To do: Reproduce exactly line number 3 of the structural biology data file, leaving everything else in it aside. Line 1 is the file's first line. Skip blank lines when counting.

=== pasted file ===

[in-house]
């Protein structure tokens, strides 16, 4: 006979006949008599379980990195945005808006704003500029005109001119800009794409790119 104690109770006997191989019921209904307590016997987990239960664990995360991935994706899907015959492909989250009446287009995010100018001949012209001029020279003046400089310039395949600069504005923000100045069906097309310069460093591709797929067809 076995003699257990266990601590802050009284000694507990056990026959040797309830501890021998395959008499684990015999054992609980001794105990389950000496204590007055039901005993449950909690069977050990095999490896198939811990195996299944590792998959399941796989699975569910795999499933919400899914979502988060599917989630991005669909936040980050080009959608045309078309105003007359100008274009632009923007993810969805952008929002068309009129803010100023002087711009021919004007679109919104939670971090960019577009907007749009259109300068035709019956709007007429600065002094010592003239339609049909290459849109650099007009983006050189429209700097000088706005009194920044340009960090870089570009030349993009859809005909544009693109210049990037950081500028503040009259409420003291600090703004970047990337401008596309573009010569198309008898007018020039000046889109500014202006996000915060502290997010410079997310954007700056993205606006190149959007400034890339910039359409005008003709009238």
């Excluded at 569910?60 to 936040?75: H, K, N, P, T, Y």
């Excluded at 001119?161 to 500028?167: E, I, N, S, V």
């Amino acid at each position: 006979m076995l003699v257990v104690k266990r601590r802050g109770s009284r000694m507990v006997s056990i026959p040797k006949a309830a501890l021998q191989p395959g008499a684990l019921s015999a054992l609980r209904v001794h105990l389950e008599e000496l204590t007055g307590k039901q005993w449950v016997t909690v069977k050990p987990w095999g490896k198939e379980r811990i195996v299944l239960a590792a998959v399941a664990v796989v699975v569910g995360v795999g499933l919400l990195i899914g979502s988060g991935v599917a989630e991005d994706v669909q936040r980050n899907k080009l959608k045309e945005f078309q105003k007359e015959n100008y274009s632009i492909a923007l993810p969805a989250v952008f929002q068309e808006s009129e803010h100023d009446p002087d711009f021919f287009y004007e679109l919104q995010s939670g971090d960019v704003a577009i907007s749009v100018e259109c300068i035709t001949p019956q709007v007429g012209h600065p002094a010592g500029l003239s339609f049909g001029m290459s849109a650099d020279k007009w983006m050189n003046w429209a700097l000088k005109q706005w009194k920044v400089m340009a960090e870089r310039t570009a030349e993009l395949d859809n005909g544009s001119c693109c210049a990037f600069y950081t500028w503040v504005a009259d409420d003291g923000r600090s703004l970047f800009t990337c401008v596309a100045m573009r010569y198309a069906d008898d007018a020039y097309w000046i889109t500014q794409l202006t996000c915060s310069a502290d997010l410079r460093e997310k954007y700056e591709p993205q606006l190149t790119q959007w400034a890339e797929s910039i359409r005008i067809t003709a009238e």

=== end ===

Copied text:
């Excluded at 569910?60 to 936040?75: H, K, N, P, T, Y």